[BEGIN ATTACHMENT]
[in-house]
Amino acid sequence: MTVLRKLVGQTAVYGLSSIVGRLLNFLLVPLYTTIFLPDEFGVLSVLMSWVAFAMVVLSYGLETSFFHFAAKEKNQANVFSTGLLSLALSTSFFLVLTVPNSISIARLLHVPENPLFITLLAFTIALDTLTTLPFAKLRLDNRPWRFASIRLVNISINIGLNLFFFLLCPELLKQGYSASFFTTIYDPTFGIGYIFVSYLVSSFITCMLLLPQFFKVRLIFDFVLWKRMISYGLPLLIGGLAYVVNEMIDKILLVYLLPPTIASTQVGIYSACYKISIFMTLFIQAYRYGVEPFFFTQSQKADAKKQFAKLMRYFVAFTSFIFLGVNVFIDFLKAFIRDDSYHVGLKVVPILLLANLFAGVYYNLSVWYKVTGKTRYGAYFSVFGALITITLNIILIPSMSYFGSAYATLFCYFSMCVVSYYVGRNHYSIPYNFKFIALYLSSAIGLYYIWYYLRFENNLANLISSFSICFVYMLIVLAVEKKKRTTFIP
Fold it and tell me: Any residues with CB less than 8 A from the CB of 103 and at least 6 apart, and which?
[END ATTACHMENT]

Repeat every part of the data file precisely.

[in-house]
Amino acid sequence: MTVLRKLVGQTAVYGLSSIVGRLLNFLLVPLYTTIFLPDEFGVLSVLMSWVAFAMVVLSYGLETSFFHFAAKEKNQANVFSTGLLSLALSTSFFLVLTVPNSISIARLLHVPENPLFITLLAFTIALDTLTTLPFAKLRLDNRPWRFASIRLVNISINIGLNLFFFLLCPELLKQGYSASFFTTIYDPTFGIGYIFVSYLVSSFITCMLLLPQFFKVRLIFDFVLWKRMISYGLPLLIGGLAYVVNEMIDKILLVYLLPPTIASTQVGIYSACYKISIFMTLFIQAYRYGVEPFFFTQSQKADAKKQFAKLMRYFVAFTSFIFLGVNVFIDFLKAFIRDDSYHVGLKVVPILLLANLFAGVYYNLSVWYKVTGKTRYGAYFSVFGALITITLNIILIPSMSYFGSAYATLFCYFSMCVVSYYVGRNHYSIPYNFKFIALYLSSAIGLYYIWYYLRFENNLANLISSFSICFVYMLIVLAVEKKKRTTFIP
Fold it and tell me: Any residues with CB less than 8 A from the CB of 103 and at least 6 apart, and which?